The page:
Skip to search form Skip to main content You are currently offline. Some features of the site may not work correctly. Elford Published Materials Science The work presented in this thesis is concerned with the propagation of acoustic waves through phononic crystal systems and their ability to attenuate sound in the low frequency regime. The plane wave expansion method and finite element method are utilised to investigate the properties of conventional phononic crystal systems. The acoustic band structure and transmission measurements of such systems are computed and verified experimentally.
Two ECE Graduates Win Sigma Xi Best Ph.D. Thesis Awards
Discoveries in Phononic Crystals and Acoustic Metamaterials
Petrus, J. A square lattice of shallow, noncylindrical holes in GaAs is shown to act as a phononic crystal PnC reflector. The holes are produced by wet-etching a GaAs substrate using a citric acid:H2O2 etching procedure and a photolithographed array pattern. Although nonuniform and asymmetric etch rates limit the depth and shape of the phononic crystal holes, the matrix acts as a PnC, as demonstrated by insertion loss measurements together with interferometric imaging of surface acoustic waves propagating on the GaAs surface. The measured vertical displacement induced by surface phonons compares favorably with finite-difference time-domain simulations of a PnC with rounded-square holes.
US9291297B2 - Multi-layer phononic crystal thermal insulators - Google Patents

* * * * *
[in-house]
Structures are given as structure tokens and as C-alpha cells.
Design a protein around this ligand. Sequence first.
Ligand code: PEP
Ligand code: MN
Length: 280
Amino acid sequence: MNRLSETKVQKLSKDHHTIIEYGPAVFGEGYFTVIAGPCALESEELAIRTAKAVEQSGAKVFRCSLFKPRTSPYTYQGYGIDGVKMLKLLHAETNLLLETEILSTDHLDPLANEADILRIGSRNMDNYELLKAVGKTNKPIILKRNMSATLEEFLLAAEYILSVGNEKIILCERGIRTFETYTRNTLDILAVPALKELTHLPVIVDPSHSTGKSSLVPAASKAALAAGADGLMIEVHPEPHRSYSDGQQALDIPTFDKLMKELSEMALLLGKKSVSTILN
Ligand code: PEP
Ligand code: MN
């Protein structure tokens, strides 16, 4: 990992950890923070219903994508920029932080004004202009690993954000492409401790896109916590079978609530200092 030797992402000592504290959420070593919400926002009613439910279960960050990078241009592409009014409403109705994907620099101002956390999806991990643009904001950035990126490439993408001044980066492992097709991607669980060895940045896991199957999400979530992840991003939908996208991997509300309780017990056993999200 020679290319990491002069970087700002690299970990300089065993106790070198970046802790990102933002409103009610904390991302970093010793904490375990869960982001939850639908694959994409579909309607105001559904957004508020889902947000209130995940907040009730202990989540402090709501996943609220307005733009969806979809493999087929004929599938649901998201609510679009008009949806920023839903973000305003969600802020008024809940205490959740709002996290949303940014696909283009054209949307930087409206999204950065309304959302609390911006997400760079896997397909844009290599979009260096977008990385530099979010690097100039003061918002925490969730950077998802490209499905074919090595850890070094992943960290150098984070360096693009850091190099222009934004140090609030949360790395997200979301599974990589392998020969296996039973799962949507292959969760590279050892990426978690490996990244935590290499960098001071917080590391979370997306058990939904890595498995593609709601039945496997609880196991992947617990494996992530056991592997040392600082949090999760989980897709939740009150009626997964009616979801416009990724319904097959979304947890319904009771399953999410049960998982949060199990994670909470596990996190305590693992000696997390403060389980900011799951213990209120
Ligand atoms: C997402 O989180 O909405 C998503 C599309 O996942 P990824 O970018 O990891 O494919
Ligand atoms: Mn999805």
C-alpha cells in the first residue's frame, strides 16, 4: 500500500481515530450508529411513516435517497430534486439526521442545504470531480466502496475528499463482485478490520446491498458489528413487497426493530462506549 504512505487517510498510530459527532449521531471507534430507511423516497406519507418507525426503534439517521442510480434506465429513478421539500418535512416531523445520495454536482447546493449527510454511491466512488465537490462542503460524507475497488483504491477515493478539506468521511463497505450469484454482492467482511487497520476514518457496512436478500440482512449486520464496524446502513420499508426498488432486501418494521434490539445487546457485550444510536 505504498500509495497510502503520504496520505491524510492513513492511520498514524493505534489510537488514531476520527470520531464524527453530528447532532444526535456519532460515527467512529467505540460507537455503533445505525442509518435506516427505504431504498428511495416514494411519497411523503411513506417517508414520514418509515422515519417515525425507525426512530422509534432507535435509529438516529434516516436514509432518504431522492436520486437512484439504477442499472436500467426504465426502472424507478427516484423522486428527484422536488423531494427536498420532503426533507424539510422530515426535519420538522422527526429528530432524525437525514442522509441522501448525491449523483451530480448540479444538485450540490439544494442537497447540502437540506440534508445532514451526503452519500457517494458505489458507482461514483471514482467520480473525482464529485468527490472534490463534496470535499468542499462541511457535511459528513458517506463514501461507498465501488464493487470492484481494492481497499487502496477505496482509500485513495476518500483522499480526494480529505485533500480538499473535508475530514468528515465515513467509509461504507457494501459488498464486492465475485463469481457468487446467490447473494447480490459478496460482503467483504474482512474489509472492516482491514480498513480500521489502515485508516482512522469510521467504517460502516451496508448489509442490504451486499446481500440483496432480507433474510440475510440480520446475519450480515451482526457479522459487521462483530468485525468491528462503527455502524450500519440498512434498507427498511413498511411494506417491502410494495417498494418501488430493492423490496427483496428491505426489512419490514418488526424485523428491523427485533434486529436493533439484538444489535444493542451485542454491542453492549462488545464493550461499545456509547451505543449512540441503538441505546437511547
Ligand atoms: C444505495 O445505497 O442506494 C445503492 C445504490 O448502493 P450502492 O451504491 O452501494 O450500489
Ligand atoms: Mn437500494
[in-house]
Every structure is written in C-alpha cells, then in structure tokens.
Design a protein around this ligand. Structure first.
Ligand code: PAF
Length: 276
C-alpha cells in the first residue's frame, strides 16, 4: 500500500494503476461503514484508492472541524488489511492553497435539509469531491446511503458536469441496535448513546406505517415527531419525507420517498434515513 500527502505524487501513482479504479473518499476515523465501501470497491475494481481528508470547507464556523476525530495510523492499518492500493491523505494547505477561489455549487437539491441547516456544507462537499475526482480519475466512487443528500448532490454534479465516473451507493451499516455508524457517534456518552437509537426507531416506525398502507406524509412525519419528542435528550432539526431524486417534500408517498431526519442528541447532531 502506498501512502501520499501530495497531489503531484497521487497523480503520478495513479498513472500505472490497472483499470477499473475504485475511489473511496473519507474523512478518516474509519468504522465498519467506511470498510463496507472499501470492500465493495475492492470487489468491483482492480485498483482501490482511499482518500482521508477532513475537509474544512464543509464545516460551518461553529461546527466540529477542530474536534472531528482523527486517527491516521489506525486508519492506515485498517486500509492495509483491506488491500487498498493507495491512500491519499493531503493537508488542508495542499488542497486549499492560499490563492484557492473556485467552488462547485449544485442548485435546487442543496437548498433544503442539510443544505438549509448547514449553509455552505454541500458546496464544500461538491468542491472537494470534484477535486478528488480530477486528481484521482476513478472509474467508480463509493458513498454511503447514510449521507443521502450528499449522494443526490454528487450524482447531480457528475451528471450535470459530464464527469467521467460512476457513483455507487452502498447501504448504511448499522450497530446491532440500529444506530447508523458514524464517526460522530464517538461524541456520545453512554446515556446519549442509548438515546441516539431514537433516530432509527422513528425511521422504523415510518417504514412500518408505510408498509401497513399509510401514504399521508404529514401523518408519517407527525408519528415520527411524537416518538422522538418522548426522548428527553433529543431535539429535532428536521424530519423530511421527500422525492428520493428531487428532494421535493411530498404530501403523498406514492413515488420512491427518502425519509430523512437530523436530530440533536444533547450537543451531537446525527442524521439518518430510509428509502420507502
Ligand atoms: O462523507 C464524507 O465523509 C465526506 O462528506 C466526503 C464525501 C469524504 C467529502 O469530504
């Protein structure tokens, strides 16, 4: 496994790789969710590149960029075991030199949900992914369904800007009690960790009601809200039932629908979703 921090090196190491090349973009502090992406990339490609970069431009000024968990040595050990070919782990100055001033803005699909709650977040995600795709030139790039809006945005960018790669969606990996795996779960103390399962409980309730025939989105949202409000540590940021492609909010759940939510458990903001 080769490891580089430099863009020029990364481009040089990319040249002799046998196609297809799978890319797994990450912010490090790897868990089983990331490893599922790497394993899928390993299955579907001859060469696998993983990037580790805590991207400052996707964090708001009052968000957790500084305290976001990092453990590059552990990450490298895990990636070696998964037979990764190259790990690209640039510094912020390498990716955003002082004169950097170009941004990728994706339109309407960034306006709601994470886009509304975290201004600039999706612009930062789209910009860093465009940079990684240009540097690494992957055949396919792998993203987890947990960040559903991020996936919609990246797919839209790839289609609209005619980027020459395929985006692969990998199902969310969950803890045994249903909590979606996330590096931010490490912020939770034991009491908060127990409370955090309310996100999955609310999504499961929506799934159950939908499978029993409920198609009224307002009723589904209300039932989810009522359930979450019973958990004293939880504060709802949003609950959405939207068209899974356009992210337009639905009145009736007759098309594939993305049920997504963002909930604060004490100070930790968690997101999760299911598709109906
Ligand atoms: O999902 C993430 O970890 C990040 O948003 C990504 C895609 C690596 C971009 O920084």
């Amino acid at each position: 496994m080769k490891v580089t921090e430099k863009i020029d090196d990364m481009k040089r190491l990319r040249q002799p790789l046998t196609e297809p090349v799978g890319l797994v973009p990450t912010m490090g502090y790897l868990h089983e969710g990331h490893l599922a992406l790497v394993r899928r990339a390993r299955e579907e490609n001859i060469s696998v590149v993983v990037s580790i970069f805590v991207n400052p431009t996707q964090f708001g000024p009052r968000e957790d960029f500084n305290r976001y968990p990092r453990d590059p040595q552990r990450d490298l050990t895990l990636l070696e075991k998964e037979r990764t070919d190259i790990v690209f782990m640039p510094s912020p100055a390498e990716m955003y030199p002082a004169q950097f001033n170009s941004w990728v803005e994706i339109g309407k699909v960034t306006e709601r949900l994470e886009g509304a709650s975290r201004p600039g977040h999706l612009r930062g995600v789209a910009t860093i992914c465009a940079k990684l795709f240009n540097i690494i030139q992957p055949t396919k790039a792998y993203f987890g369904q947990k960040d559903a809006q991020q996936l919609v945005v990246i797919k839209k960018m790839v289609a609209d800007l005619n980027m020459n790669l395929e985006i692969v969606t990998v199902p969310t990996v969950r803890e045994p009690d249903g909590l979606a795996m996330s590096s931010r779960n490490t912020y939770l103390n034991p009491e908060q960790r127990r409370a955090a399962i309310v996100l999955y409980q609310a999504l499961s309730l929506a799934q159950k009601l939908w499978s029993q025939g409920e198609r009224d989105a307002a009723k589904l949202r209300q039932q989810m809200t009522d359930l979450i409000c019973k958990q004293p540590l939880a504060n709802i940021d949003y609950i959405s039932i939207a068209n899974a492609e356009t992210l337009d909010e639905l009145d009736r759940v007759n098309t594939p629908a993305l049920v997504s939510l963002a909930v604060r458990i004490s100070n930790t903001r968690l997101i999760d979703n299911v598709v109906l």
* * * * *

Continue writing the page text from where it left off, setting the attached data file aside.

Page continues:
A photonic crystal is a periodic optical nanostructure that affects the motion of photons in much the same way that ionic lattices affect electrons in solids. Photonic crystals occur in nature in the form of structural coloration and animal reflectors , and, in different forms, promise to be useful in a range of applications. In the English physicist Lord Rayleigh experimented with periodic multi-layer dielectric stacks, showing they had a photonic band-gap in one dimension. Research interest grew with work in by Eli Yablonovitch and Sajeev John on periodic optical structures with more than one dimension—now called photonic crystals.
When: Wednesday, February 3, pm - pm Speaker: Elizabeth Michiko Ashley, Nealey Group Description: Title: Using Block-Copolymer Nanolithography to Fabricate Ultrafine Phononic Crystals Abstract: In recent years, phononic crystals have emerged as a possible route for engineering the thermal properties of semiconductor materials like silicon independently of their electronic properties. Heat carriers, or thermal phonons, in Si are very difficult to manipulate due to their wide range of frequencies and nanoscale size. Nanostructures are requires to most effectively manipulate thermal phonos, but are extremely difficult to fabricate due to resolution limitations of modern lithography equipment. In this talk, I will present several different block-copolymer nanolithography-based approaches for fabricating sub-resolution limit hexagonal arrays of holes at a pitch of